The VITO Project & The Food Chain – special screening – “Common Threads: Stories from the Quilt”
Wednesday 28th November, 2018
6:00 pm - 9:00 pm
The Cinema Museum
2 Dugard Way (off Renfrew Road)
The VITO Project is teaming up with The Food Chain to present a special screening of “Common Threads: Stories from the Quilt”, a 1989 documentary film that tells the story of the NAMES Project AIDS Memorial Quilt.
The event marks the 30th year anniversary of the Food Chain, which also coincides with the 30th anniversary of World AIDS Day and is part of the ENDAIDS2030 festival.
The screening will be introduced by Siobhán Lanigan, the Food Chain Chief Executive Officer and followed by an open discussion with 4 guests: Siobhán Lanigan, CEO of the Food Chain and Mark Santos CEO Positive East – members of the UK AIDS Quilt Partnership – and Gill Brigg and Josef Muller – Quilt panel makers.
A small charity with a huge heart, the Food Chain has been providing vital food and nutrition support services for the most vulnerable and marginalised people living with HIV in London, since Christmas day 1988. At the time of referral to the Food Chain, the people they work with are in crisis, often with little or no food at home, low or no income, and grappling with a complex range of health and social care issues arising from their HIV status.
The Food Chain is also one of the conservation partners of the UK AIDS Memorial Quilt and a full-size panel of the Memorial Quilt will exceptionally be on display in the Cinema Museum auditorium for this event.
The VITO Project, is a series of free monthly screenings showing on the last Wednesday of the month. The project was created in association with the Cinema Museum to promote dialogue between different generations of LGBTs. The series provides an alternative space for LGBTs of all ages to watch films that have shaped and fuelled our combined LGBT histories, revisiting some key cinematic moments to provide debate for different generations of LGBT people to get together and meet and talk and share
This original idea was developed by the team at ReShape and then provided with a home by the fabulous Cinema Museum, a truly unique venue devoted to keeping the spirit of pre-multiplex cinema alive in a hidden corner of the Elephant and Castle. In honour of his pioneering work in reclaiming and celebrating the queer history of cinema the project was named after Vito Russo, author of “the Celluloid Closet” and a visionary AIDS activist.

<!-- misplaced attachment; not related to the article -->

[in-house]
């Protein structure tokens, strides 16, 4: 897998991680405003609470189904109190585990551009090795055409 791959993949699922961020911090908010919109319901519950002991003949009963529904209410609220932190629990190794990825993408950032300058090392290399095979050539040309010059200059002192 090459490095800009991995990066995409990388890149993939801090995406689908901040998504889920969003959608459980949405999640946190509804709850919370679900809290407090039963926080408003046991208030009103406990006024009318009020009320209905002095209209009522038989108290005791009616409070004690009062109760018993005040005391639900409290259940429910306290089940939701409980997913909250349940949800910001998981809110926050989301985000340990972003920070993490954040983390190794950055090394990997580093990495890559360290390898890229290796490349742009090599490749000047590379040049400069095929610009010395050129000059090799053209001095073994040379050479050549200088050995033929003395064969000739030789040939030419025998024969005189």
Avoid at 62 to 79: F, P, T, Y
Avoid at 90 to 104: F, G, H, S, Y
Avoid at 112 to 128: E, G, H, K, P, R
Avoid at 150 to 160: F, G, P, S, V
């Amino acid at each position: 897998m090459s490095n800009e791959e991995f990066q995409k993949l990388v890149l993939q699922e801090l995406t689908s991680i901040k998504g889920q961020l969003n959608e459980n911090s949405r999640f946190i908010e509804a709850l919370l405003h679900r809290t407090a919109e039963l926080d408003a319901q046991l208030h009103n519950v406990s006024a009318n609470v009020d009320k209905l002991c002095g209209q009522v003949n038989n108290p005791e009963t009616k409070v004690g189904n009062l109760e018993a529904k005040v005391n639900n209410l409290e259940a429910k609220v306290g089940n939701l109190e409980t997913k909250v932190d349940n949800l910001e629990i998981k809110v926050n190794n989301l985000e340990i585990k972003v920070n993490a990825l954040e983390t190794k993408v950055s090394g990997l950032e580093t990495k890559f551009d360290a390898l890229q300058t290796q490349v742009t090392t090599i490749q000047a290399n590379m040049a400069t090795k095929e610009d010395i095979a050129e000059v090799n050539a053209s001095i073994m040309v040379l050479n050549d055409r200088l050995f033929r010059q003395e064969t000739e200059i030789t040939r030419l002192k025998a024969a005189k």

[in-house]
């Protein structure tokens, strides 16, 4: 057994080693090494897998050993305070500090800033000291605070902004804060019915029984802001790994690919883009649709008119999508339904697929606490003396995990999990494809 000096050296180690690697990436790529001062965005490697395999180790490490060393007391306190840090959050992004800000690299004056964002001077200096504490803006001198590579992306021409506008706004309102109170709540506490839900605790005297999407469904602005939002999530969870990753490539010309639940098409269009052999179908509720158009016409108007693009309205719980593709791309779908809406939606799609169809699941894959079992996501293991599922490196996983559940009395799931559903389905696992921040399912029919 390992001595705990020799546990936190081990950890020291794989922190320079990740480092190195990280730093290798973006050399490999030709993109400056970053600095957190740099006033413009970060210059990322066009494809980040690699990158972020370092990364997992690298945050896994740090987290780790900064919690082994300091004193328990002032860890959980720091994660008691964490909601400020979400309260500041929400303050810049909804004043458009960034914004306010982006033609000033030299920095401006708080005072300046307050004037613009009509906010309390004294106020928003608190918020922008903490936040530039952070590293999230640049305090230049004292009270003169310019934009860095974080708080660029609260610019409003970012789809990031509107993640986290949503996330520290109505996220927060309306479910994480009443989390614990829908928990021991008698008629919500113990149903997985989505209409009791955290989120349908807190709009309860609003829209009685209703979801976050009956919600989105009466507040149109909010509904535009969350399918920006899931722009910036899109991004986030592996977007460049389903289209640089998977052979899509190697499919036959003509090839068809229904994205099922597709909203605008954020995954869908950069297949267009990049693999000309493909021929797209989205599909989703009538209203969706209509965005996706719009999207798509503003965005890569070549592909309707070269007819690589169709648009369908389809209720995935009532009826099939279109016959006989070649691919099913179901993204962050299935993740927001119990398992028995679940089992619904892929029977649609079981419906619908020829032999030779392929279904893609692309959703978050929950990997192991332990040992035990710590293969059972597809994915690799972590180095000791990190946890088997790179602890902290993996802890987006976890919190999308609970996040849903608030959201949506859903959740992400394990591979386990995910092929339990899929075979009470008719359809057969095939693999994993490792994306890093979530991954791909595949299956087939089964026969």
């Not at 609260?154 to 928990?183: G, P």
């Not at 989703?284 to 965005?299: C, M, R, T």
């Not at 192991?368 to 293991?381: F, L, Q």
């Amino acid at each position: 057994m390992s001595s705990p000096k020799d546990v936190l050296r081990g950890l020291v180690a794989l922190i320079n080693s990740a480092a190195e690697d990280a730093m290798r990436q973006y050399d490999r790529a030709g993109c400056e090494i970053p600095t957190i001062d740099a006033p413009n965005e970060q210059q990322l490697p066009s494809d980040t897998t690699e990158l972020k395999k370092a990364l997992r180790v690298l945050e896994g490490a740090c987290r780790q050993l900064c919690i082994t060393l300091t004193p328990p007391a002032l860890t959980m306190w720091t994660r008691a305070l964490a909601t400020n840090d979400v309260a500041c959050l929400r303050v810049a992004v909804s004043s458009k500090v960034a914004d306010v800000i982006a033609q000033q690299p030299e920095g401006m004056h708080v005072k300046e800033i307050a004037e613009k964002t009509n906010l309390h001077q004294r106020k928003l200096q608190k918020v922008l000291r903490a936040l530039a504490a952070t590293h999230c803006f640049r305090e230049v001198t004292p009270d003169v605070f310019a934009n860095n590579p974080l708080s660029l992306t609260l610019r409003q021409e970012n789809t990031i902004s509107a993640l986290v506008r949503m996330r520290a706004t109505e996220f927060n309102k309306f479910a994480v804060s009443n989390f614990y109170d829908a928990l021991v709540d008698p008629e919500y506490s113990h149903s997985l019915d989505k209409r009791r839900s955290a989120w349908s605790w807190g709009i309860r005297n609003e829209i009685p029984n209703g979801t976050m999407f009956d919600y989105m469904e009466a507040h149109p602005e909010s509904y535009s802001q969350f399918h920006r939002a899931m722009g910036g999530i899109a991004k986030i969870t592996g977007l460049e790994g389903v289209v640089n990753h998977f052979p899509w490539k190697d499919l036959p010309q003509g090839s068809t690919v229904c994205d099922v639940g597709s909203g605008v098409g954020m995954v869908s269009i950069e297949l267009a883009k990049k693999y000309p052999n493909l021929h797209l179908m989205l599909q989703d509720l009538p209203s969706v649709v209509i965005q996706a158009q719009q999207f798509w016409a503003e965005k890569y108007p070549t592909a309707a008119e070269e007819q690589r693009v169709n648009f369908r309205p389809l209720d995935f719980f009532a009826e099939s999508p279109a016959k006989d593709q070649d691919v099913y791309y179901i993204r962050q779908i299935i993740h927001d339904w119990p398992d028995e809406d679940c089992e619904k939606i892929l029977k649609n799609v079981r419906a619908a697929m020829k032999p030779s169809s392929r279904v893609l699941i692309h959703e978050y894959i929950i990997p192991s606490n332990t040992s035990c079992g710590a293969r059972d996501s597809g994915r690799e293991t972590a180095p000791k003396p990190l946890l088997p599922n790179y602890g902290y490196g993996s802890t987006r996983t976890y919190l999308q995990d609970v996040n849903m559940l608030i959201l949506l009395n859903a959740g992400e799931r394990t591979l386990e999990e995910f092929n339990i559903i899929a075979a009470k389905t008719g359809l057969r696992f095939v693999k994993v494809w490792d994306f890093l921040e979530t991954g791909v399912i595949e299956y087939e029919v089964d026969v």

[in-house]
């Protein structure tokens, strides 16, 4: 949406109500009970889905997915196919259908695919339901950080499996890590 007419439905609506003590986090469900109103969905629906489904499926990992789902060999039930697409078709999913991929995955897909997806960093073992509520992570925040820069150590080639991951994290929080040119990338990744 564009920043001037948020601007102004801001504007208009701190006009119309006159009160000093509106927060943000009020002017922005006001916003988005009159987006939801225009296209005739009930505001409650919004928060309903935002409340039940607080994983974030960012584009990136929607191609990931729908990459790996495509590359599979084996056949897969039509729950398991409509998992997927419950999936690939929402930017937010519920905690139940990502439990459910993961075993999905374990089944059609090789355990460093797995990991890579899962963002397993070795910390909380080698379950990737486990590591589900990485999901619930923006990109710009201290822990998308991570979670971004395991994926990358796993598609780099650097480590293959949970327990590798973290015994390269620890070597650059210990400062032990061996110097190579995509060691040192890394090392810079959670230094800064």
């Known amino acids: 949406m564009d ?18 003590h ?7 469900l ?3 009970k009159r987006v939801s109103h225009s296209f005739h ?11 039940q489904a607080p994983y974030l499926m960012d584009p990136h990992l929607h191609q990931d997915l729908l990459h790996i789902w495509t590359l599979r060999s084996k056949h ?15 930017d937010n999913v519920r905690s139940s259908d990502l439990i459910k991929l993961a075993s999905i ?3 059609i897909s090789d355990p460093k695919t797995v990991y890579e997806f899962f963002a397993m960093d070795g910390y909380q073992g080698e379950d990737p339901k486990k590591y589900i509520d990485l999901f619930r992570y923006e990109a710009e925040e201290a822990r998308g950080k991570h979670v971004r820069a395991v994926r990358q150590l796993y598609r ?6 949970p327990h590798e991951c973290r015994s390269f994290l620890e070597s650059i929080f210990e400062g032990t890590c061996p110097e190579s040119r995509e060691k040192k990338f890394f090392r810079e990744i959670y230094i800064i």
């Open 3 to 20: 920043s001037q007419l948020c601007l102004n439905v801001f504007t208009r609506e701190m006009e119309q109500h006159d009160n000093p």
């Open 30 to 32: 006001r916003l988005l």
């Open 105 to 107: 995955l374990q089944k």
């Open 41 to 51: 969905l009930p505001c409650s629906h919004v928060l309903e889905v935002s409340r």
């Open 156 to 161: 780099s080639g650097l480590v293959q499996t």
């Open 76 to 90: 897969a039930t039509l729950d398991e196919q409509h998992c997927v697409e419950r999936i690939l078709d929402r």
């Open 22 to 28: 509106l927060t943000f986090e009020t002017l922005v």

After graduating from New York University, Russo joined the Gay Activists Alliance and archived old films at the Museum of Modern Art. In the early 1970s, he started research for “The Celluloid Closet” (1981), which entailed watching hundreds of films that included gay content and stereotypes. What originated as a lecture with film clips became one of the most informative books about gay people and pop culture. Diagnosed with HIV in 1985, Russo was a frequent protestor with ACT UP. In 1986, Russo lost his longtime partner, Jeffrey Sevcik, to AIDS. Outraged by the media’s inadequate and inaccurate coverage of the pandemic, Russo co-founded GLAAD, an organization that monitors LGBT representation in the media, he died from AIDS-related complications in 1990. In 1996, “The Celluloid Closet” was made into a documentary film by Academy Award winners Rob Epstein and Jeffrey Friedman and co-produced and narrated by Lily Tomlin.
Doors to the cafe/bar open at 6pm for a 7pm screening.Venue capacity is 120, these events do sell out, so plan to arrive before 6.45pm. Although free, each event costs £500 to run (space rental and film licensing etc.), so a donation of £5 is suggested for those who are able to pay to help support this evening running. The venue is a converted 19th century Victorian Workhouse, and films are screened upstairs in a stunning vaulted cafe/bar meeting space.
The screening will act as a fundraiser for the Food Chain and they will be selling red ribbons on the night.